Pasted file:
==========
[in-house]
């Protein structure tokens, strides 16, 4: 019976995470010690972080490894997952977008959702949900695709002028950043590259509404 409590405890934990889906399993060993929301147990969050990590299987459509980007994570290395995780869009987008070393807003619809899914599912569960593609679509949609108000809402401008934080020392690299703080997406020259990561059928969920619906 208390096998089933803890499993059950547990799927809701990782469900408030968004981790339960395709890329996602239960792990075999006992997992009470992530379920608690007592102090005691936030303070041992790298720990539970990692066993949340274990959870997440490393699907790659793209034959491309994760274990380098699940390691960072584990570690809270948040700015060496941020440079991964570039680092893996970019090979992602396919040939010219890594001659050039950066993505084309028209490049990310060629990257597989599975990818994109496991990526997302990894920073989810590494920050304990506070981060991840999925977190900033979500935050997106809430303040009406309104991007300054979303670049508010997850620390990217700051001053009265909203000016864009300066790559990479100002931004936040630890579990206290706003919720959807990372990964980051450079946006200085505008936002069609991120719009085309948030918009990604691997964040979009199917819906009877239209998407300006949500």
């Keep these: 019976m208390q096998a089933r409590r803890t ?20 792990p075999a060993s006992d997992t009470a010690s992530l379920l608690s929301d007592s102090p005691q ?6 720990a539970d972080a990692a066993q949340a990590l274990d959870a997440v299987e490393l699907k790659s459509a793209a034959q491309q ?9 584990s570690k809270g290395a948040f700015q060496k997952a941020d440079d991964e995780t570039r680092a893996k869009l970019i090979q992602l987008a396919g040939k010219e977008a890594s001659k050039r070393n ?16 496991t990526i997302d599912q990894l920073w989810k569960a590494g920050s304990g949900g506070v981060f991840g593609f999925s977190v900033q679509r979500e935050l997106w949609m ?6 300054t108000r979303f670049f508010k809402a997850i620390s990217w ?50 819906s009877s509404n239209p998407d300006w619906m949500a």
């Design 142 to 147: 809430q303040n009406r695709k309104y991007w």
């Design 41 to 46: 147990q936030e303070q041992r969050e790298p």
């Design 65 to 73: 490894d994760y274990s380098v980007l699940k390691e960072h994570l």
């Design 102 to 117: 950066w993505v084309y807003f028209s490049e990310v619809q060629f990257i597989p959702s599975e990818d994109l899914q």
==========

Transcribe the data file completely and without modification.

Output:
[in-house]
């Protein structure tokens, strides 16, 4: 019976995470010690972080490894997952977008959702949900695709002028950043590259509404 409590405890934990889906399993060993929301147990969050990590299987459509980007994570290395995780869009987008070393807003619809899914599912569960593609679509949609108000809402401008934080020392690299703080997406020259990561059928969920619906 208390096998089933803890499993059950547990799927809701990782469900408030968004981790339960395709890329996602239960792990075999006992997992009470992530379920608690007592102090005691936030303070041992790298720990539970990692066993949340274990959870997440490393699907790659793209034959491309994760274990380098699940390691960072584990570690809270948040700015060496941020440079991964570039680092893996970019090979992602396919040939010219890594001659050039950066993505084309028209490049990310060629990257597989599975990818994109496991990526997302990894920073989810590494920050304990506070981060991840999925977190900033979500935050997106809430303040009406309104991007300054979303670049508010997850620390990217700051001053009265909203000016864009300066790559990479100002931004936040630890579990206290706003919720959807990372990964980051450079946006200085505008936002069609991120719009085309948030918009990604691997964040979009199917819906009877239209998407300006949500």
């Keep these: 019976m208390q096998a089933r409590r803890t ?20 792990p075999a060993s006992d997992t009470a010690s992530l379920l608690s929301d007592s102090p005691q ?6 720990a539970d972080a990692a066993q949340a990590l274990d959870a997440v299987e490393l699907k790659s459509a793209a034959q491309q ?9 584990s570690k809270g290395a948040f700015q060496k997952a941020d440079d991964e995780t570039r680092a893996k869009l970019i090979q992602l987008a396919g040939k010219e977008a890594s001659k050039r070393n ?16 496991t990526i997302d599912q990894l920073w989810k569960a590494g920050s304990g949900g506070v981060f991840g593609f999925s977190v900033q679509r979500e935050l997106w949609m ?6 300054t108000r979303f670049f508010k809402a997850i620390s990217w ?50 819906s009877s509404n239209p998407d300006w619906m949500a």
């Design 142 to 147: 809430q303040n009406r695709k309104y991007w």
């Design 41 to 46: 147990q936030e303070q041992r969050e790298p």
């Design 65 to 73: 490894d994760y274990s380098v980007l699940k390691e960072h994570l």
């Design 102 to 117: 950066w993505v084309y807003f028209s490049e990310v619809q060629f990257i597989p959702s599975e990818d994109l899914q």